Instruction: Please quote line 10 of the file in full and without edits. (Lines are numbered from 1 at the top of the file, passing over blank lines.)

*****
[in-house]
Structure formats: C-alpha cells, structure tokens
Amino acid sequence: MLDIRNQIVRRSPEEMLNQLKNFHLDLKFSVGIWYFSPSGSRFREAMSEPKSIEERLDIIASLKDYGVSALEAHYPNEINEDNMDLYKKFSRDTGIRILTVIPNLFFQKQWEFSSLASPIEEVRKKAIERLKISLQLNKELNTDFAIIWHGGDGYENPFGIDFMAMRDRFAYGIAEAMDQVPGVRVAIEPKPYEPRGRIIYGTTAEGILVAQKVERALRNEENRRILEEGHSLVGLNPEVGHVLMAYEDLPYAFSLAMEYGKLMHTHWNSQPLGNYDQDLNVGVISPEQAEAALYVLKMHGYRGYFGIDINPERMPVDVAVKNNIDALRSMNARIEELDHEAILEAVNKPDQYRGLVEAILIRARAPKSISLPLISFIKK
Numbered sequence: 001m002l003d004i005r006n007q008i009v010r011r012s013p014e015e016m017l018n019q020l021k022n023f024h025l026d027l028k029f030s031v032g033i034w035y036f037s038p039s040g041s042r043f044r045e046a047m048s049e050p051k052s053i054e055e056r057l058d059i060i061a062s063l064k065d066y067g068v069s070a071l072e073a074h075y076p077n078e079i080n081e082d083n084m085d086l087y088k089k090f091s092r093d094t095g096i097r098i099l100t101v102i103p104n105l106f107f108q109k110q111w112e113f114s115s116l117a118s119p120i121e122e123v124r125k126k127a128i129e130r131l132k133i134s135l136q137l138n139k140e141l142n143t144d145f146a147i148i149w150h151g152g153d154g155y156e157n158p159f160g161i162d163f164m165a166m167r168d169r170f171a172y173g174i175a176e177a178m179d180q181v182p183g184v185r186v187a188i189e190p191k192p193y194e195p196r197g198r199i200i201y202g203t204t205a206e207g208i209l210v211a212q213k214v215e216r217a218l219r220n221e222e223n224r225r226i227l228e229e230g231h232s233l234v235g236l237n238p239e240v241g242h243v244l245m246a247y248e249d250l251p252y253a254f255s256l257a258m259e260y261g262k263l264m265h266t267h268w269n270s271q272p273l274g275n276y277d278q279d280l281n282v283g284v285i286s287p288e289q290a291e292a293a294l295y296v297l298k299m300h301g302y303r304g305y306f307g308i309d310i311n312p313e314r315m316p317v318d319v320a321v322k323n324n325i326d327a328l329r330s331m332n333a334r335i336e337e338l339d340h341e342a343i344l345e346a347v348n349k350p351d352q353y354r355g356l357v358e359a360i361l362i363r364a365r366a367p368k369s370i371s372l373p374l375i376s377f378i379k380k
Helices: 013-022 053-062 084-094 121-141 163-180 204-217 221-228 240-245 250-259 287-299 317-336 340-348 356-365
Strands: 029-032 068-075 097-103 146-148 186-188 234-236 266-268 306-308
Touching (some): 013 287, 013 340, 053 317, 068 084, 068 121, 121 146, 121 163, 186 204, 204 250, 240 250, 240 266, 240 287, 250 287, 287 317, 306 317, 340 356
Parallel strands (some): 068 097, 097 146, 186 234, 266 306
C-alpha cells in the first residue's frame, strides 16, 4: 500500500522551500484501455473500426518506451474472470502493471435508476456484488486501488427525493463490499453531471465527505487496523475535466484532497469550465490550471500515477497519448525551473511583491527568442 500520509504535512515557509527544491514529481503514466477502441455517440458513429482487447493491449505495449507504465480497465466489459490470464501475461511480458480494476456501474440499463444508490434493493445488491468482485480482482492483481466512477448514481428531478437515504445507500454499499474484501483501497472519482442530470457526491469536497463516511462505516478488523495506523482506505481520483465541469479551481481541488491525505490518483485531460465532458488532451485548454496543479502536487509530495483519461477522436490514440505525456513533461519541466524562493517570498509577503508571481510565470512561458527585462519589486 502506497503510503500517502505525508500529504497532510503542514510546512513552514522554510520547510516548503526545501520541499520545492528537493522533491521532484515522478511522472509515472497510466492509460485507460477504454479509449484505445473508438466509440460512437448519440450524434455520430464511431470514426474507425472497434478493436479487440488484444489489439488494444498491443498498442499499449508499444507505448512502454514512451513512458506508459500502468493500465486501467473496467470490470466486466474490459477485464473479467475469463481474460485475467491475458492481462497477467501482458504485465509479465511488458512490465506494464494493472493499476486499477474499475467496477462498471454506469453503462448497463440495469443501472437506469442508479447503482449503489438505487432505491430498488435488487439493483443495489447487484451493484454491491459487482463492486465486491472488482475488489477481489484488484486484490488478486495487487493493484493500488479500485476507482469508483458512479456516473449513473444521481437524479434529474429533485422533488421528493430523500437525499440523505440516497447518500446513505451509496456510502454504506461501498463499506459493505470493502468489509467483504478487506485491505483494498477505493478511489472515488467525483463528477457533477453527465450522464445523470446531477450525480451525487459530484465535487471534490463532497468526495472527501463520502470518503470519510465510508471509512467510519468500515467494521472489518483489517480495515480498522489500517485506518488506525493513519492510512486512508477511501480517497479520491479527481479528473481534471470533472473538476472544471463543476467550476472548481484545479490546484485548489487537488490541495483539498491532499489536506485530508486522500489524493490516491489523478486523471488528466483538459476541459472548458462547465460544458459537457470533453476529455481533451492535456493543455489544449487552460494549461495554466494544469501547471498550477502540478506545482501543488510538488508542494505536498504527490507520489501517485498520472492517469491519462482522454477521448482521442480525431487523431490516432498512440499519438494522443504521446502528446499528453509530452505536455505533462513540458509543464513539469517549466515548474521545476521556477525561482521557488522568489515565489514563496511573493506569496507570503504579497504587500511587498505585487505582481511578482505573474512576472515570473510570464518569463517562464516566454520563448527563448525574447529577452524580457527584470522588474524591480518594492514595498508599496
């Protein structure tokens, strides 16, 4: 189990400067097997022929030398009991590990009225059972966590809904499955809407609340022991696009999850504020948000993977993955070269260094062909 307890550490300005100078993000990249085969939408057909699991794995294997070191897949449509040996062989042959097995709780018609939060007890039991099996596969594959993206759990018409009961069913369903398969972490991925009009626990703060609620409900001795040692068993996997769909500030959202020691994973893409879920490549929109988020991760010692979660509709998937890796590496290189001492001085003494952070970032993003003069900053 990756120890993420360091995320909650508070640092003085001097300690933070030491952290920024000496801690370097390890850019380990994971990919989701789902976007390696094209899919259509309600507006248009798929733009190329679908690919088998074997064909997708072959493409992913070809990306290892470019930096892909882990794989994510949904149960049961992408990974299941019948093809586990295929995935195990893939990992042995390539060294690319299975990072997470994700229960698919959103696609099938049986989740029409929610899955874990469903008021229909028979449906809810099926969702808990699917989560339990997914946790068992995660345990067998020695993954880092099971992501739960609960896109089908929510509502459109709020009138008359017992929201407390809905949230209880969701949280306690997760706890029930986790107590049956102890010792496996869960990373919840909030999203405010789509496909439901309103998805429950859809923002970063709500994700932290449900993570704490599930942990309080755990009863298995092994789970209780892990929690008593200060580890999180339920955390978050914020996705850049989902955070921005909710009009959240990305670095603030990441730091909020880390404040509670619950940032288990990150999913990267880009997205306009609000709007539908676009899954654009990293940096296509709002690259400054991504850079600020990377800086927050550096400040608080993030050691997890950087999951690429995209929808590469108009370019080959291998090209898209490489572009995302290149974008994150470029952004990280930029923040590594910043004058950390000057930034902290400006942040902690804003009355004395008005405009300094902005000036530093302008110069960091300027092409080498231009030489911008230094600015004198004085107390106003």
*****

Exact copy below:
């Protein structure tokens, strides 16, 4: 189990400067097997022929030398009991590990009225059972966590809904499955809407609340022991696009999850504020948000993977993955070269260094062909 307890550490300005100078993000990249085969939408057909699991794995294997070191897949449509040996062989042959097995709780018609939060007890039991099996596969594959993206759990018409009961069913369903398969972490991925009009626990703060609620409900001795040692068993996997769909500030959202020691994973893409879920490549929109988020991760010692979660509709998937890796590496290189001492001085003494952070970032993003003069900053 990756120890993420360091995320909650508070640092003085001097300690933070030491952290920024000496801690370097390890850019380990994971990919989701789902976007390696094209899919259509309600507006248009798929733009190329679908690919088998074997064909997708072959493409992913070809990306290892470019930096892909882990794989994510949904149960049961992408990974299941019948093809586990295929995935195990893939990992042995390539060294690319299975990072997470994700229960698919959103696609099938049986989740029409929610899955874990469903008021229909028979449906809810099926969702808990699917989560339990997914946790068992995660345990067998020695993954880092099971992501739960609960896109089908929510509502459109709020009138008359017992929201407390809905949230209880969701949280306690997760706890029930986790107590049956102890010792496996869960990373919840909030999203405010789509496909439901309103998805429950859809923002970063709500994700932290449900993570704490599930942990309080755990009863298995092994789970209780892990929690008593200060580890999180339920955390978050914020996705850049989902955070921005909710009009959240990305670095603030990441730091909020880390404040509670619950940032288990990150999913990267880009997205306009609000709007539908676009899954654009990293940096296509709002690259400054991504850079600020990377800086927050550096400040608080993030050691997890950087999951690429995209929808590469108009370019080959291998090209898209490489572009995302290149974008994150470029952004990280930029923040590594910043004058950390000057930034902290400006942040902690804003009355004395008005405009300094902005000036530093302008110069960091300027092409080498231009030489911008230094600015004198004085107390106003």